UA Economists: Alabama’s Economic Growth Projected to Slow while Inflation Expected to Decrease

UA Economists: Alabama’s Economic Growth Projected to Slow while Inflation Expected to Decrease

  • April 16th, 2024

Tuscaloosa, Ala – Alabama’s economic growth is projected to slow while inflation is expected to slightly decrease through 2024, according to researchers at The University of Alabama’s Center for Business and Economic Research (CBER).

The state’s economy continued to grow in 2023, without being affected by stubborn inflation, monetary policy rate hikes, lingering labor shortages, and the continued effects of the Ukraine-Russian war, according to CBER.

Alabama’s economic output for 2024 is projected to increase 1.2%, compared to a projected increase of 1.4% for the United States. The projection comes after the state’s economic output grew by 1.9% in 2023, due to high consumer spending and a surge in exports. Nationally, the economic output grew by 2.4% in 2023, driven by pent-up demand and accumulated savings from the pandemic era.

“Most likely Alabama’s growth for 2023 will be revised upwards to slightly over 2.0%,” said Ahmad Ijaz, CBER’s executive director and director of economic forecasting.

Businesses and consumers spent almost $3 trillion in savings during the pandemic, which aided in avoiding a recession and sustain the economy . Economists estimate that approximately $1.0 trillion in accumulated savings are still remaining, and these funds could continue to keep both businesses and consumers buoyed despite high interest rates.

“Strong consumer spending in 2022 and 2023 was driven primarily by pent-up demand and accumulating savings built up during the pandemic era,” Ijaz said.

The Center for Business and Economic Research has produced forecasts of economic activity in Alabama since 1980. The center incorporates data from the last 30 years, including cycles and recoveries captured over the years, into its statistical and economic models. These forecasts cover Alabama’s gross domestic product, employment, and income by industry group and are published in the annual Alabama Economic Outlook, which includes and annual analysis into the national and state economy, including examinations of metro areas in Alabama. Forecast updates are provided quarterly. The 2024 Alabama Economic Outlook, available for free on the center’s website, reports consumer spending should increase by 1.9 percent in 2024 and 1.5% percent in 2025, which could be damped by high levels of consumer debt going forward.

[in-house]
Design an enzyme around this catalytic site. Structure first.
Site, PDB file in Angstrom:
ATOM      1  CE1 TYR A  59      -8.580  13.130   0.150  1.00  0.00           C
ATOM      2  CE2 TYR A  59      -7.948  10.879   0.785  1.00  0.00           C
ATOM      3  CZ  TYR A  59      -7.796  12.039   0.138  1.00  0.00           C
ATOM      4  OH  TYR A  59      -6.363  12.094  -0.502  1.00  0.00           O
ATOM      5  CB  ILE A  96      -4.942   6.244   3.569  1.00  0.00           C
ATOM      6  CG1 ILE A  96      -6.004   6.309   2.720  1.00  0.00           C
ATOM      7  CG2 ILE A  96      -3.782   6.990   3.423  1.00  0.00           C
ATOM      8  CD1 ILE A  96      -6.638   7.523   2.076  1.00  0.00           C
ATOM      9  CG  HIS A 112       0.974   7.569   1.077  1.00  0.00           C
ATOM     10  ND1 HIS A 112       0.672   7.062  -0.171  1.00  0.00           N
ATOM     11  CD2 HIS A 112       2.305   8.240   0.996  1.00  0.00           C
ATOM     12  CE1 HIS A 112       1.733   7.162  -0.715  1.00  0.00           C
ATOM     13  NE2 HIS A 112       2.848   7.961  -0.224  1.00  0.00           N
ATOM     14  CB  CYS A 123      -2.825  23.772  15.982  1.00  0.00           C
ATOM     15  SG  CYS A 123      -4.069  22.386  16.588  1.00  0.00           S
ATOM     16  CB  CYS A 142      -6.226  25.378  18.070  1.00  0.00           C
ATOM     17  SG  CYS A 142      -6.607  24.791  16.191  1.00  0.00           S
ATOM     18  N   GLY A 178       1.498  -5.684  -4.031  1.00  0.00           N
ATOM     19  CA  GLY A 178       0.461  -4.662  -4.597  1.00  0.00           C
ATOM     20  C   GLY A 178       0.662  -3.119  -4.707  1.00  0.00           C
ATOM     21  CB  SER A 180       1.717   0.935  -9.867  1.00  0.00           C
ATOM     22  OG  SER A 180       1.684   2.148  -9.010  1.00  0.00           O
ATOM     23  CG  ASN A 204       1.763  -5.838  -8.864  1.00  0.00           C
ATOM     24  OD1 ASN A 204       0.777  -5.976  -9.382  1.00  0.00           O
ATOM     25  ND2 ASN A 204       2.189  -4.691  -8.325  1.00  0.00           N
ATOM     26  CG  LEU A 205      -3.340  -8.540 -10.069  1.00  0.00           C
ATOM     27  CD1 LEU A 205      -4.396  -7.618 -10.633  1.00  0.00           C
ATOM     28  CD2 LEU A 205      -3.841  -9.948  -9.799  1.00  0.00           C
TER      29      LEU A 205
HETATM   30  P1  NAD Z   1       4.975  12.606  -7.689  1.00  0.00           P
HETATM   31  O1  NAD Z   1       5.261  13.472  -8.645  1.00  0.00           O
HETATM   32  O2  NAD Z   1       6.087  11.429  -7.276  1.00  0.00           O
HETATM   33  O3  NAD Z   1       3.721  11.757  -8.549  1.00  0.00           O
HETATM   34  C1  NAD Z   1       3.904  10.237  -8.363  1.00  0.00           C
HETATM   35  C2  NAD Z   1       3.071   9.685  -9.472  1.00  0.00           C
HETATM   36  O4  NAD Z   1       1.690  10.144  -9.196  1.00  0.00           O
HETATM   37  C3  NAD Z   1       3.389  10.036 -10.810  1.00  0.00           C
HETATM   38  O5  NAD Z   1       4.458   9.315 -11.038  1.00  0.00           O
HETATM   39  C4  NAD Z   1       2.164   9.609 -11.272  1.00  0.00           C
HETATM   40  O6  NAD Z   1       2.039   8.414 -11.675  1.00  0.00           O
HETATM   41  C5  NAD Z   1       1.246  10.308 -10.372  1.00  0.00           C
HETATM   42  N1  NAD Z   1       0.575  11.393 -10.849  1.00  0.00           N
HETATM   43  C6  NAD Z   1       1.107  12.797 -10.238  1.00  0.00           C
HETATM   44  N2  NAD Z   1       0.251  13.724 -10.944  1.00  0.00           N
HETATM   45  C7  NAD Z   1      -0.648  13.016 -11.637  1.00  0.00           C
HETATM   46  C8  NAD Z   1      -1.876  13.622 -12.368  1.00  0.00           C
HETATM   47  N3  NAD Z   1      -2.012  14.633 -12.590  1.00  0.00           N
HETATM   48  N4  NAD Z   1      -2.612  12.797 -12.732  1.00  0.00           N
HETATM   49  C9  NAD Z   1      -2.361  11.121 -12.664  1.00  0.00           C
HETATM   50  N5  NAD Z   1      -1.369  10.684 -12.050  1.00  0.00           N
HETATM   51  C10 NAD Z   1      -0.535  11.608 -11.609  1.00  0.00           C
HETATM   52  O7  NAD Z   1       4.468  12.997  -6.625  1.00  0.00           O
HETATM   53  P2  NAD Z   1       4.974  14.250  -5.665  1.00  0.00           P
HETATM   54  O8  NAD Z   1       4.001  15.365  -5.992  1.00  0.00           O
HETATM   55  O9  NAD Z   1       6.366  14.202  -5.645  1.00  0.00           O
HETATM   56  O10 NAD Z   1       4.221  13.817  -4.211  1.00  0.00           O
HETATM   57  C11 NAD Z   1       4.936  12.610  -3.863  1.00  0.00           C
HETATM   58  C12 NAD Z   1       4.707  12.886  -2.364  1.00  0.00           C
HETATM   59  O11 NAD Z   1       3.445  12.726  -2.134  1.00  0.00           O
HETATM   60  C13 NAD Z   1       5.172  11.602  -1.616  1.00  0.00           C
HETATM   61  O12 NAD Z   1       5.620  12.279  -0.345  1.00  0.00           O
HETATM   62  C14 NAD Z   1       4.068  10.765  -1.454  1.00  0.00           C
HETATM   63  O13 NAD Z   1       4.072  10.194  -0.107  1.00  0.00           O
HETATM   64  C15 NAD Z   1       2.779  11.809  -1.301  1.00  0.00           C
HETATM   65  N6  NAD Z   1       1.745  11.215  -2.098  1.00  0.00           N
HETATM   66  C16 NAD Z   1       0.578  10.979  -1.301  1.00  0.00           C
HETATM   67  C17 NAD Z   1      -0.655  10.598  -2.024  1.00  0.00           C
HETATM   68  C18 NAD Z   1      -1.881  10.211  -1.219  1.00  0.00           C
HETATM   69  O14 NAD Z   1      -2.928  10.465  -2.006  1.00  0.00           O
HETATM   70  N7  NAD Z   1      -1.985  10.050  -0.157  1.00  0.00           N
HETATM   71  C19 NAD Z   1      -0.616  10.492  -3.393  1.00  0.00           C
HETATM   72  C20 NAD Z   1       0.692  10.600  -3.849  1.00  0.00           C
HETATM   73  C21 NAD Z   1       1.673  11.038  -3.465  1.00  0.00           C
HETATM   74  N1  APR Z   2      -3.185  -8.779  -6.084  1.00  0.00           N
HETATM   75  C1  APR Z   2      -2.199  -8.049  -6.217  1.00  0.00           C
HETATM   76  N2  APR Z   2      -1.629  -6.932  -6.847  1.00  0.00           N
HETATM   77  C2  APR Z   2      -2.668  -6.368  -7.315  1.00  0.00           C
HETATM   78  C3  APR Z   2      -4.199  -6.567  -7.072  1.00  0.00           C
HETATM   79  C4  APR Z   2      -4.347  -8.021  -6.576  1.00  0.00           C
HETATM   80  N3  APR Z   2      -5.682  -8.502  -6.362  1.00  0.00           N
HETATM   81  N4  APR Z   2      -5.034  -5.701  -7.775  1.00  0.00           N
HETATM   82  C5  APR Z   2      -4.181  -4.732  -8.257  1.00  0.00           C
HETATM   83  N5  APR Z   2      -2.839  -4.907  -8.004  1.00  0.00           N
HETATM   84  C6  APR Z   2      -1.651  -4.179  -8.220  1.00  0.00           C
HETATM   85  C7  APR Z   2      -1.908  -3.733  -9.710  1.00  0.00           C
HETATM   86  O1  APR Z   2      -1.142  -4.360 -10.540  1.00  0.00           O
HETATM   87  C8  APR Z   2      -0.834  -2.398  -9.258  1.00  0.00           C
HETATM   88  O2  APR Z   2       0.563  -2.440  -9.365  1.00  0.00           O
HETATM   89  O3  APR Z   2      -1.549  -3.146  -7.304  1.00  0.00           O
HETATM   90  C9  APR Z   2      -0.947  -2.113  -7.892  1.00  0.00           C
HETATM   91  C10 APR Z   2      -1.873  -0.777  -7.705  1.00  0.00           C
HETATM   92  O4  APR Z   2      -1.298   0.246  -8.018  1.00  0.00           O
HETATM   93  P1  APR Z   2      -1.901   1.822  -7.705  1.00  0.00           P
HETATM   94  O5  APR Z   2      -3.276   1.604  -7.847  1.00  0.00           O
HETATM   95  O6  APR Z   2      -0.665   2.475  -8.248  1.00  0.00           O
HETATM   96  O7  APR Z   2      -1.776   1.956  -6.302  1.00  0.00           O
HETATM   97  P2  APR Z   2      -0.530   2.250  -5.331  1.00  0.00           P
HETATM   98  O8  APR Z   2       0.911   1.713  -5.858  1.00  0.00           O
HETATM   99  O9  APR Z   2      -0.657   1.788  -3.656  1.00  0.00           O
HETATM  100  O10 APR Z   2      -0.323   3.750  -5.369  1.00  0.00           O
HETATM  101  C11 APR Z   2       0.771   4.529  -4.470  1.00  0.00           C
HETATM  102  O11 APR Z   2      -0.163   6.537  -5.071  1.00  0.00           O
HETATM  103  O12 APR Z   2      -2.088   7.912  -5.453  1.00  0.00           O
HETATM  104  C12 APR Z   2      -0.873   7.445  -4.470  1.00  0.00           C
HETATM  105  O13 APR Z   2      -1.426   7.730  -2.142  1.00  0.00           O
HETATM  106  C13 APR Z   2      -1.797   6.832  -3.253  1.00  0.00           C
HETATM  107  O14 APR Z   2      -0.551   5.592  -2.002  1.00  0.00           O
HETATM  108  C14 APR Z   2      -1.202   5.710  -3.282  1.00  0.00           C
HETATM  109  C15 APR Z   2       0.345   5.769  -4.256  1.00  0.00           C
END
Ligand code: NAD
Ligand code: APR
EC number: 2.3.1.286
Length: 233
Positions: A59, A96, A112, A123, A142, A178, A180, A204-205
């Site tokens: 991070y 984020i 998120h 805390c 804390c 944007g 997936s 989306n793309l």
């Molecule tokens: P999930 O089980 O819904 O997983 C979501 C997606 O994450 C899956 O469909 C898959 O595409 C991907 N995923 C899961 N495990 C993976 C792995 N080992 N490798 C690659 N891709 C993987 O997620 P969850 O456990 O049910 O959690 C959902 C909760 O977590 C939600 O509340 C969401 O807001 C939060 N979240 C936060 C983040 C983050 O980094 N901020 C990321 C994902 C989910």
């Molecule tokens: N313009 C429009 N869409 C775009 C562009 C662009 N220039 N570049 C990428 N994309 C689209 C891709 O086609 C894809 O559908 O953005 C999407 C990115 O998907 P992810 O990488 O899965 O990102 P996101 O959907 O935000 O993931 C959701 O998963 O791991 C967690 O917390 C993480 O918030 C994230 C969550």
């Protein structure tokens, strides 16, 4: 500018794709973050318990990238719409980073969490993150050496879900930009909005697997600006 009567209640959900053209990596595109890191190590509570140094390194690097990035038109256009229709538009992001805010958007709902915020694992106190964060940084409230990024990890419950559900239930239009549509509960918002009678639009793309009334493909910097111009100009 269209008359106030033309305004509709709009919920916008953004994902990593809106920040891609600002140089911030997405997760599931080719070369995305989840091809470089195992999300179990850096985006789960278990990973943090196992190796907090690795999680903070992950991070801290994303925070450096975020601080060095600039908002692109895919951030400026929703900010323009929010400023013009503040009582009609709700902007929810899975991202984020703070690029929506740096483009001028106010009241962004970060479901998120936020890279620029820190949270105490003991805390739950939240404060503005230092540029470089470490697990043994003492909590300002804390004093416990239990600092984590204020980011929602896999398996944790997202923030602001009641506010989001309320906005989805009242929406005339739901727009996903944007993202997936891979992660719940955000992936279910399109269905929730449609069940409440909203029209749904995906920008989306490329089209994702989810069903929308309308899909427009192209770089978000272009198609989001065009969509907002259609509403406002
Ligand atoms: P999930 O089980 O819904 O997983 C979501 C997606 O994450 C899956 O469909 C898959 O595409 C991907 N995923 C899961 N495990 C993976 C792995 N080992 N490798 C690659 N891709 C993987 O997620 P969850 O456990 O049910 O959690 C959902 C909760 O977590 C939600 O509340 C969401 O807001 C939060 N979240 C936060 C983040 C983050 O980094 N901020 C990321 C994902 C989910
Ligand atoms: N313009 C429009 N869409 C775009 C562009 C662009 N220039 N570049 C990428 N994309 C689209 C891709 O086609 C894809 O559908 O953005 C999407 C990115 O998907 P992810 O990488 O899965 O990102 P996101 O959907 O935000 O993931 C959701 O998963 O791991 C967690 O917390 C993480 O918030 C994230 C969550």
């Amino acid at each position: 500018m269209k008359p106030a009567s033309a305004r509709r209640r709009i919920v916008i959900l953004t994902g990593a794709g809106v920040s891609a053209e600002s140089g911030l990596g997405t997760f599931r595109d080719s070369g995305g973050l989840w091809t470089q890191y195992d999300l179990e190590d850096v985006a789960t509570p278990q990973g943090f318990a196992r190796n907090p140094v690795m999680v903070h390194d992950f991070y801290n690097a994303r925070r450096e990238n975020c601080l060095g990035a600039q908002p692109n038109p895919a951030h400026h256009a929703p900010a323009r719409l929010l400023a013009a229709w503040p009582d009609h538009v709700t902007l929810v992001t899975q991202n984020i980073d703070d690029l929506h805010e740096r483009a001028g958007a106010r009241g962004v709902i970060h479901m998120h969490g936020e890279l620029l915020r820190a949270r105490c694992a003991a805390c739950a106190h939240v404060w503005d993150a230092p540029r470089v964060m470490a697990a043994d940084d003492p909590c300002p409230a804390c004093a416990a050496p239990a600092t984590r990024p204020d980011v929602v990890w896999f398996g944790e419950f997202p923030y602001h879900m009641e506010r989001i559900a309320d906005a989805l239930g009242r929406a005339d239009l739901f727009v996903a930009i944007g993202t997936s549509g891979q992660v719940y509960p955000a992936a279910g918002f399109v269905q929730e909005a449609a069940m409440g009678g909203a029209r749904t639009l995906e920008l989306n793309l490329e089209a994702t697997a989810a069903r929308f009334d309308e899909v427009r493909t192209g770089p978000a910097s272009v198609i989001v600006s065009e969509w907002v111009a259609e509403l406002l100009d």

“Alabama’s economy is still growing,” said Ijaz, “and will continue to do so despite recession fears triggered by higher interests rates.”

This year’s outlook includes the effects of population aging on labor force participation and whether Alabama really does have a labor shortage. The feature article highlights the need for economic stakeholders to incorporate a demographic perspective to improve the status of labor force participation in Alabama.

“There are clear patterns of population aging in Alabama that also shape the supply of the labor market,” said Dr. Nyesha Black, the director of demographics at CBER. “There are also significant shifts in the economic behaviors of younger male workers that are exerting a negative effect on Alabama’s overall labor force participation rate. In fact, Alabama’s labor force participation rates would be worse if it were not for the increased labor market engagement of women and workers who are 55 years and older.”